Michael Jordan says a lot of things. He's said motivation poster quotes – like the one about how he failed so many times that's why he succeeds – and he also said: "The roof is the ceiling."
The funny thing is that just about anything the Hall of Famer says can be turned into something that Nike can slap onto a shirt or a press release and sell, so you sort of take it all with a grain of salt. He knows that. Words carry weight; Michael Jordan's are literally worth their weight in gold.
So last year, when the Greatest of All Time said, "30 years ago, that's me," about Russell Westbrook to introduce the newest pair of Air Jordans, you may have thought, 'That's an interesting thing to say, considering Westbrook has the Jumpman logo on his own sneakers.' It's fair if you just figured Jordan was hyping up a player tied to his brand, maybe taking a little jab at the other players competing for the role of the "Next Jordan." It's fine if you forgot about it and just waited for the season to start; the one you thought was just going to be about two teams, Cleveland and Golden State.
Then Westbrook scored 51 points against the Phoenix Suns in the second game of the season on his way to a triple-double. It was the most points a player who got double digits in three columns in one night had scored since 1975. It was something to marvel at, but still, the only reason anybody was paying attention to Westbrook that early in the season was because his showdown with former Thunder teammate Kevin Durant and his new team, the Golden State Warriors, was coming up.
Now, over six months later, as the NBA season winds into the playoffs, all anyone can really talk about is Westbrook and his triple-double record. He's recorded one 42 times. He broke Oscar Robertson's record that has stood since 1961-62, when the Big O averaged 30.8 points, 12.5 rebounds and 11.4 assists per game. The only person who could conceivably match or break that record anytime in the future is Westbrook himself.
Oh yeah, and he hit the buzzer-beater to finish off the Denver Nuggets after he broke the record to seal the deal.
This shot:— NBA.com (@NBAcom) April 9, 2017
A) Won the game
B) eliminated Denver from the playoffs
C) gave Westbrook 50 points
D) all of the above pic.twitter.com/NmcCpcmpls
But the deal, it seems, is far from sealed. All of that scoring isn't enough for some people who think that it's James Harden who deserves the MVP award when the season ends. Harden himself, who is playing at his own crazy level, believes that since his Houston Rockets have more wins than Westbrook's team means the award should end up in his trophy case. And yes, any other season he'd be the clear winner. But Westbrook and his team have enough wins to get them into the playoffs. They might currently have eight less than Houston, but they wouldn't have as many if Westbrook was out for any stretch of time. Houston could have very well survived without Harden and scraped together some wins in his absence, but it's hard to imagine Oklahoma City doing the same without Westbrook. He's the guy that makes the gears move.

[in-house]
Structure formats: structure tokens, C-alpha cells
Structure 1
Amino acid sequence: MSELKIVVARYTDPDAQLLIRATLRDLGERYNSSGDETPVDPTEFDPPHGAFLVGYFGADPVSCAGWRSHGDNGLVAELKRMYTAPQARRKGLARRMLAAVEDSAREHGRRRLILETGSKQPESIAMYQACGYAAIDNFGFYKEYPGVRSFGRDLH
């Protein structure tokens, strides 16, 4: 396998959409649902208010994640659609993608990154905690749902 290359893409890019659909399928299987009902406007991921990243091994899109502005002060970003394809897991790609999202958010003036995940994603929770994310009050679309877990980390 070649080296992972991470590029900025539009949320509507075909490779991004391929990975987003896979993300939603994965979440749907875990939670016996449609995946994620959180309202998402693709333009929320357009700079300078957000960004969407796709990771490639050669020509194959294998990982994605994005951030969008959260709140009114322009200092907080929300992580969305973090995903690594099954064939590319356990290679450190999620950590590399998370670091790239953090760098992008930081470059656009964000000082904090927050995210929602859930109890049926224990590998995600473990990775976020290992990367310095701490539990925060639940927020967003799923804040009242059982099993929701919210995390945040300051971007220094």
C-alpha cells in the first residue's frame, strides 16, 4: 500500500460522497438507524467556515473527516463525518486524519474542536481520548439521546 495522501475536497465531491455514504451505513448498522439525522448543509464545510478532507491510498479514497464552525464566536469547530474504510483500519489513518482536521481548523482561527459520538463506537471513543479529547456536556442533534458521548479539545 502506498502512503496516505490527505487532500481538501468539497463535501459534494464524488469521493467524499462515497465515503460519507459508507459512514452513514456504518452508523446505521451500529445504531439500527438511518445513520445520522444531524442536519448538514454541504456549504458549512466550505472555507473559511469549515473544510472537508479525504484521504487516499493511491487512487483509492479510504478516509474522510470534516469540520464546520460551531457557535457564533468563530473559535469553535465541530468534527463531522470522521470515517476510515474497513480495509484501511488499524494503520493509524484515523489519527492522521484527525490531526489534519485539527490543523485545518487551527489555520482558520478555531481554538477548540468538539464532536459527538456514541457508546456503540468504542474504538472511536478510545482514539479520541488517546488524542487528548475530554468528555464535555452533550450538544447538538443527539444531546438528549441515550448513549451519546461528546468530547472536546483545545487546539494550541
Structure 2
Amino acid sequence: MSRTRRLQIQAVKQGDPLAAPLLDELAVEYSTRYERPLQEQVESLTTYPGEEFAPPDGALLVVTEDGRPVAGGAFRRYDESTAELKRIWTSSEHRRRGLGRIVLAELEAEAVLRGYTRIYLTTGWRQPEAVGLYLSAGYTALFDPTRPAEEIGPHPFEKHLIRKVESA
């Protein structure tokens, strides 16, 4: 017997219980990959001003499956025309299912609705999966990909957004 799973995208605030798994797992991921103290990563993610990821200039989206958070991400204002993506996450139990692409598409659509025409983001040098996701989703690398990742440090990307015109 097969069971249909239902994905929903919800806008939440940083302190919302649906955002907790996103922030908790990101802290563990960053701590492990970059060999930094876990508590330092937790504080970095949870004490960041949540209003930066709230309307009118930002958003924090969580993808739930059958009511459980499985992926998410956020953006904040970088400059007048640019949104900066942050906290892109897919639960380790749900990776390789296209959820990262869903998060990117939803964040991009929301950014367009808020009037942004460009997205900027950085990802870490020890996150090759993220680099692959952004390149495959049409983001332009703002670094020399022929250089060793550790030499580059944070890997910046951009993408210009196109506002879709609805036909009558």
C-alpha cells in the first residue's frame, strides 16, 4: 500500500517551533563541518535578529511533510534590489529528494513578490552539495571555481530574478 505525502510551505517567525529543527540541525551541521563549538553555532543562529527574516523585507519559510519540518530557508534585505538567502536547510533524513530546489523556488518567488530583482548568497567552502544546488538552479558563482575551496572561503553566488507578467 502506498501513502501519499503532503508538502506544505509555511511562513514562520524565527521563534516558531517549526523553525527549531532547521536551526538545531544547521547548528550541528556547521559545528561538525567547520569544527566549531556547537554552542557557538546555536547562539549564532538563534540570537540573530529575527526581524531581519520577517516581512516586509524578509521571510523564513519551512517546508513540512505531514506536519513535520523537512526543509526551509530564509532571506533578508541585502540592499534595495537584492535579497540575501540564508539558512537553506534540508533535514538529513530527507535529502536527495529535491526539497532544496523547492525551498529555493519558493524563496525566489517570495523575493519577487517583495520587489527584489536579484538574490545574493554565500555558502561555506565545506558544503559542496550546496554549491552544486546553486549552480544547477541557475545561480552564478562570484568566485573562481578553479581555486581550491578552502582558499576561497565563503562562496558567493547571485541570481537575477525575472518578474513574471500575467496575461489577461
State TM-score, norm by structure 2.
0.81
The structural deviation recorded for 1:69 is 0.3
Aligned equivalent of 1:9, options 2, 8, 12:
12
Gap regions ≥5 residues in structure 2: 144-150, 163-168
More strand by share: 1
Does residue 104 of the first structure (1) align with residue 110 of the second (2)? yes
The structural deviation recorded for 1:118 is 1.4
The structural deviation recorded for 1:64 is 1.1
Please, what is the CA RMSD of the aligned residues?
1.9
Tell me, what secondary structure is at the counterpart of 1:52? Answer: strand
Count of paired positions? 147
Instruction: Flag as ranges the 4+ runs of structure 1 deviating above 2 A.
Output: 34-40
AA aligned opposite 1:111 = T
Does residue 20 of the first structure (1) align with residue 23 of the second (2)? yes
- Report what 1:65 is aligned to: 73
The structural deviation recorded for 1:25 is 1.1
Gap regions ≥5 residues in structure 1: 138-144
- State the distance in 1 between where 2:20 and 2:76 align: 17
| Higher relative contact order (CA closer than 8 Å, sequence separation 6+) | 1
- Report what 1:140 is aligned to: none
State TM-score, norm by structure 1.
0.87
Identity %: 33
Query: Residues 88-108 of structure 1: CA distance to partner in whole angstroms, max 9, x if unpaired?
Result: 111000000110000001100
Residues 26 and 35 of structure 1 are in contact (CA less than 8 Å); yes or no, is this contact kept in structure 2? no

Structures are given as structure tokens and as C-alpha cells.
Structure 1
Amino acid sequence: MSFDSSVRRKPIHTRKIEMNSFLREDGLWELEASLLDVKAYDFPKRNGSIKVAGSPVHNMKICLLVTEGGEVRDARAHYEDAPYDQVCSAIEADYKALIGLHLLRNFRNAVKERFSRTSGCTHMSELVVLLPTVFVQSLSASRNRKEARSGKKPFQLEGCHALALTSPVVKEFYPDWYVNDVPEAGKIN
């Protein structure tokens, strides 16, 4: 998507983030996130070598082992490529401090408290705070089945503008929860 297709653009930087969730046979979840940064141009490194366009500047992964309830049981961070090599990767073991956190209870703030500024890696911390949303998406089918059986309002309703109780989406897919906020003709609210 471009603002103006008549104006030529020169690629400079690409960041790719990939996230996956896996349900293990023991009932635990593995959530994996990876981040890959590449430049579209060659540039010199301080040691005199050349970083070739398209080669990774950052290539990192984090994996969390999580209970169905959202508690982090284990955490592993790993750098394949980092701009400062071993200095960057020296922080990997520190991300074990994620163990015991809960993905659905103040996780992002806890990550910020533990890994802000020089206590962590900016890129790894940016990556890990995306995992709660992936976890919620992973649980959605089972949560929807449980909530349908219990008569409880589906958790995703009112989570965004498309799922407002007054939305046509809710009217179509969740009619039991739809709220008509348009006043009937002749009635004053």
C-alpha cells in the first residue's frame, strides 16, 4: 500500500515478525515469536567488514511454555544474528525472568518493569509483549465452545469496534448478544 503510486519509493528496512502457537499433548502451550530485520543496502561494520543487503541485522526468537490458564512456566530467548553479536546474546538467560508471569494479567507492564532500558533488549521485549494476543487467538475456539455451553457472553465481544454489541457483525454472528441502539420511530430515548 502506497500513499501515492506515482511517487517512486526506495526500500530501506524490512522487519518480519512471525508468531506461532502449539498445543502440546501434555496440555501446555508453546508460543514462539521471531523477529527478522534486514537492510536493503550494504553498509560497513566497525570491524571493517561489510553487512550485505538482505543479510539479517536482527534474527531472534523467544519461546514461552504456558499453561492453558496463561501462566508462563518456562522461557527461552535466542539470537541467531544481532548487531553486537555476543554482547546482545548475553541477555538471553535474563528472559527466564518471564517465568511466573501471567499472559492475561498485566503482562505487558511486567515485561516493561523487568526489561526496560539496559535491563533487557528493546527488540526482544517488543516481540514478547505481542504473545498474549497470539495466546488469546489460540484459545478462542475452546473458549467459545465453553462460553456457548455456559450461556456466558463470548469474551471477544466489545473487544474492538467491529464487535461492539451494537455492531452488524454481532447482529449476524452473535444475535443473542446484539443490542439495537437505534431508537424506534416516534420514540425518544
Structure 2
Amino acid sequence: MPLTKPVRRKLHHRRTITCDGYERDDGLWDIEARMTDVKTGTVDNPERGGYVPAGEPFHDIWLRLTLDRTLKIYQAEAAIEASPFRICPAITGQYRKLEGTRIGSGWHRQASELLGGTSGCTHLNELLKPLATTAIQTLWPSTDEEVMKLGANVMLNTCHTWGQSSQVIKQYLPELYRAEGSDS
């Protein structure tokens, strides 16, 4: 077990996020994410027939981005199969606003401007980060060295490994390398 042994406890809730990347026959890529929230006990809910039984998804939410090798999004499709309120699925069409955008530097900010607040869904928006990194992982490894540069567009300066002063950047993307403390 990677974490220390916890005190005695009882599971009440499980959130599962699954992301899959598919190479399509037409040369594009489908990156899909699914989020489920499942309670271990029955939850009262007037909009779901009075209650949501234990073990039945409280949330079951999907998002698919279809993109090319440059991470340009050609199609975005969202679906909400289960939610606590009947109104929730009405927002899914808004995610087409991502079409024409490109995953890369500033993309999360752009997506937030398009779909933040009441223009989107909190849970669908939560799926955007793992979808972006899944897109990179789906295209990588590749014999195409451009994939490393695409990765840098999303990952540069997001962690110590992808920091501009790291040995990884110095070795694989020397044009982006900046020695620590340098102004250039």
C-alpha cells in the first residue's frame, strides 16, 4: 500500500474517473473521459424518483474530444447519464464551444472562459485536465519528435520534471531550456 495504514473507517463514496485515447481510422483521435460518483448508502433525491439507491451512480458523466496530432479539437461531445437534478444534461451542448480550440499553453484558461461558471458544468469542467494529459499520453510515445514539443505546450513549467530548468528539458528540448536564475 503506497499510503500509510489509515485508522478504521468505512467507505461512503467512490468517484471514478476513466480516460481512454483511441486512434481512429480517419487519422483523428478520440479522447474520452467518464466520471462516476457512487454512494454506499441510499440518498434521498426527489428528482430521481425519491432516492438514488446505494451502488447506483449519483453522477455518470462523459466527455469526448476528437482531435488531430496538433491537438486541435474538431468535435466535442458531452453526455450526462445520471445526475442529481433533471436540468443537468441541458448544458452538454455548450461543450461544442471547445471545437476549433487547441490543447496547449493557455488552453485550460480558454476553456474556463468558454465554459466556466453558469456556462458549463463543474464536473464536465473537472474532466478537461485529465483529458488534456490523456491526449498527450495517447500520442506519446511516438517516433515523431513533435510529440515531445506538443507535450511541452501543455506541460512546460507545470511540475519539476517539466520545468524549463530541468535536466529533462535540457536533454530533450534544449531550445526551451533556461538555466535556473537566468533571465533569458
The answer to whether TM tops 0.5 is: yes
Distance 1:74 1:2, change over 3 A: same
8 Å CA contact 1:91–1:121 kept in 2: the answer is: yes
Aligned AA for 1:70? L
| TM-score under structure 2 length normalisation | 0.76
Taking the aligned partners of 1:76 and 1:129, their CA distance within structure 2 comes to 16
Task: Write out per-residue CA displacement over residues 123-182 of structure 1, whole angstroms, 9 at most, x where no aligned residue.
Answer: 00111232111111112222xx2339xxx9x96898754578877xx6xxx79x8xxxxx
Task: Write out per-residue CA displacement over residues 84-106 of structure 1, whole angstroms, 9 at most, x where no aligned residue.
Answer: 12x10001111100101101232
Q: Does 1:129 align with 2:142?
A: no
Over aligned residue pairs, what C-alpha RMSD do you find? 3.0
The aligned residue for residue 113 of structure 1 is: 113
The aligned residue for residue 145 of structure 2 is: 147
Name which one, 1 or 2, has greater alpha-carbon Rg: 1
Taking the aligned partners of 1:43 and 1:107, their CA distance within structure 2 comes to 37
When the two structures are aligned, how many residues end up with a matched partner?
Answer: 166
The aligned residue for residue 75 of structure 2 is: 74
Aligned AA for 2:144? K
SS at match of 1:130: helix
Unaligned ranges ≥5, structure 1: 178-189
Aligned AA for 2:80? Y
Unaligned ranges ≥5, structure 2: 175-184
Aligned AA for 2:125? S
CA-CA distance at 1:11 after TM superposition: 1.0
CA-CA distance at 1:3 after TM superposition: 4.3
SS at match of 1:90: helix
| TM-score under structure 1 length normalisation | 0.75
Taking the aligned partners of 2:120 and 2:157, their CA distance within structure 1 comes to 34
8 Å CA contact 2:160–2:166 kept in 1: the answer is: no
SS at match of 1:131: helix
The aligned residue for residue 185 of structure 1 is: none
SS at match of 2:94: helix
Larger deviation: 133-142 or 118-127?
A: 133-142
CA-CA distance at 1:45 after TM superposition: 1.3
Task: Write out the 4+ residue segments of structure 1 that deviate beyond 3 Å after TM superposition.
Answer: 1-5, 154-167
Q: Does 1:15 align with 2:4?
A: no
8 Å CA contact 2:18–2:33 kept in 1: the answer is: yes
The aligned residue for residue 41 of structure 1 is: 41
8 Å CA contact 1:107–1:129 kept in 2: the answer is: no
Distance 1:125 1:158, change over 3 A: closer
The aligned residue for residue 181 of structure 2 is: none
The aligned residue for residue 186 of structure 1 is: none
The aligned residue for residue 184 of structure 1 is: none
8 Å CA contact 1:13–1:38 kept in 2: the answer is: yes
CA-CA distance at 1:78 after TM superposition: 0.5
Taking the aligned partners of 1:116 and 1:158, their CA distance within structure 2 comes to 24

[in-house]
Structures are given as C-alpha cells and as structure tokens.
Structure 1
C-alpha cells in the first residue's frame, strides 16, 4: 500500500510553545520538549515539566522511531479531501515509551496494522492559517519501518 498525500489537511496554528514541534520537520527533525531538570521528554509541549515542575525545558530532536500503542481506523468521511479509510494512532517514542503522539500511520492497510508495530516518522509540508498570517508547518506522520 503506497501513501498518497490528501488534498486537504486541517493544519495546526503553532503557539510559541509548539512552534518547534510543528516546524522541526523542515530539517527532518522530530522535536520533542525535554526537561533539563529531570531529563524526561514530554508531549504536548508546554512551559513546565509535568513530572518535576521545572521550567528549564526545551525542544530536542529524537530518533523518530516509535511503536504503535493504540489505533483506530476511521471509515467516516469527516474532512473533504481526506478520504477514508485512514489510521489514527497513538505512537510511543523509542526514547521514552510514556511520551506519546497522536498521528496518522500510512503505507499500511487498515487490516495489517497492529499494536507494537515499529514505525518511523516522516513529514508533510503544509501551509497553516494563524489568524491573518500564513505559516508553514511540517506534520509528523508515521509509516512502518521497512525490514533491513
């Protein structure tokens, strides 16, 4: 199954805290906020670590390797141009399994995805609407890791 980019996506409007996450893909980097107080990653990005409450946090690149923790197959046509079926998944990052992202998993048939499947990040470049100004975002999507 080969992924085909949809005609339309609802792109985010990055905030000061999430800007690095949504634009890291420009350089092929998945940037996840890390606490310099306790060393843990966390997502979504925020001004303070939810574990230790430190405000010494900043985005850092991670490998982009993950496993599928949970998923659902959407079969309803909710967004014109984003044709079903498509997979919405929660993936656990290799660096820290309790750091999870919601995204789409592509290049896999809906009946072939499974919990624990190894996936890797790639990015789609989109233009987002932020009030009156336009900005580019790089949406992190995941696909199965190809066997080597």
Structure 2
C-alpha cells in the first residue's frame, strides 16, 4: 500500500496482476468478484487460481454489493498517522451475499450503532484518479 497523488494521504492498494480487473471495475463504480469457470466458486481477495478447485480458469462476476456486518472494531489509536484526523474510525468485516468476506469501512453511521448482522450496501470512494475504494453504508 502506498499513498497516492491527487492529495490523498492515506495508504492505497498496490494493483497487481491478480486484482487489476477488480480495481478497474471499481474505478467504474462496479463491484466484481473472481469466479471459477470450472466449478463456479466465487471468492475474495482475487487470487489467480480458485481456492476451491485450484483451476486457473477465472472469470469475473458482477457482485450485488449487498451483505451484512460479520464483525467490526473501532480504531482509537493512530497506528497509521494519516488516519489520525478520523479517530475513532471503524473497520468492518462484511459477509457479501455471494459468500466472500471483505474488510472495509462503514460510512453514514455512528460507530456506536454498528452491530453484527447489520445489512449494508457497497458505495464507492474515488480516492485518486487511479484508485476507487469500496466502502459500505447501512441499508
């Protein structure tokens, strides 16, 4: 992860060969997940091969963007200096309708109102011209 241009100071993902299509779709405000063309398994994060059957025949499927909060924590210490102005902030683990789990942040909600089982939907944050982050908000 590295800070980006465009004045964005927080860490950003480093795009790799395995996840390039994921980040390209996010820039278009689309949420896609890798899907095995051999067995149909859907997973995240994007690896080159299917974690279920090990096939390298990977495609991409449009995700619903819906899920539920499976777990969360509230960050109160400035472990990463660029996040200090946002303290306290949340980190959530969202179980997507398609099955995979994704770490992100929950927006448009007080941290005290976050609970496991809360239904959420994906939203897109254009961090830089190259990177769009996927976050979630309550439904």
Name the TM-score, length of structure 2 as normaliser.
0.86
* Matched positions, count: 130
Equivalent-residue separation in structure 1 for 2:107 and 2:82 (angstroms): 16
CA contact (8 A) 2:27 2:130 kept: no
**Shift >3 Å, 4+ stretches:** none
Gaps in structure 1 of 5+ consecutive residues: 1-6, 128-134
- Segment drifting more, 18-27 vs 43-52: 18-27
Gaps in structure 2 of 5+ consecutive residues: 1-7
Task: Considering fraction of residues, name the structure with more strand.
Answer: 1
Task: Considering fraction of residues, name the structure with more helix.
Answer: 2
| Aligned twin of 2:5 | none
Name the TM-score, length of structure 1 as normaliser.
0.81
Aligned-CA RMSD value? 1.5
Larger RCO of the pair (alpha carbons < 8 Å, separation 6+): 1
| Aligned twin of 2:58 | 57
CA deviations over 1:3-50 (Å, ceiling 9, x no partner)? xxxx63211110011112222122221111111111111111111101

Westbrook has been the most overlooked superstar in the league. Maybe that's because he's an iconoclast on and off the court. He does and says things differently. People know he has talent, but the question going into the season was what would he do without Durant. People want to doubt him, and he responded to that, night after night. He did that during the 2014–15 season after Durant went down for the rest of the season. Westbrook put the team on his shoulders and got within one game from making the playoffs. It was like watching a myth in the making. They should write folk songs about Westbrook's play that year.
Westbrook went on to make the All-NBA Second Team. Harden made the First. Steph Curry won the MVP. I'm not saying that they didn't deserve that, or giving Westbrook the MVP this season would be like some Martin Scorsese move, where he's given the Oscar because he probably should have been given it long ago. That's not the case at all. This is the season Westbrook earned every bit of recognition he is owed. He has done something monumental. Westbrook made his team better, and he did it by bettering himself.
Russell Westbrook hasn't cheapened the triple-double, he's turned into something we take for granted.— Nathaniel Friedman (@freedarko) April 9, 2017
And then there's the what comes next. The playoffs, obviously. But after that. The part players aren't supposed to start talking about until the new season is dawning. That's maybe the most intriguing thing, and the part where Michael Jordan comes back into play.
"Thirty years ago, that's me," Jordan said about Westbrook. Thirty years ago, Jordan was a great young player who could win dunk contests or dump a ton of points on Larry Bird and the Celtics in the playoffs. We hadn't yet seen the guy who would win six NBA titles. He was a great talent, sure, but did anyone think in 1987 that he'd be The Guy?
LeBron James is obviously The Guy in the NBA right now. But for how much longer? How much time until Westbrook is in a situation where he has the pieces to help him ascend to an even higher level? It took Jordan pushing himself even further, but also the rise of Scottie Pippen, along with other players like Horace Grant and Dennis Rodman, to help the Chicago Bulls of the 1990s become one of the greatest teams ever. That's what it took for Jordan to become an icon. This isn't saying that Westbrook will go that far. But if he does, when he finally captures that first championship, this – what undoubtedly should be his first MVP season – will be looked at as the starting point.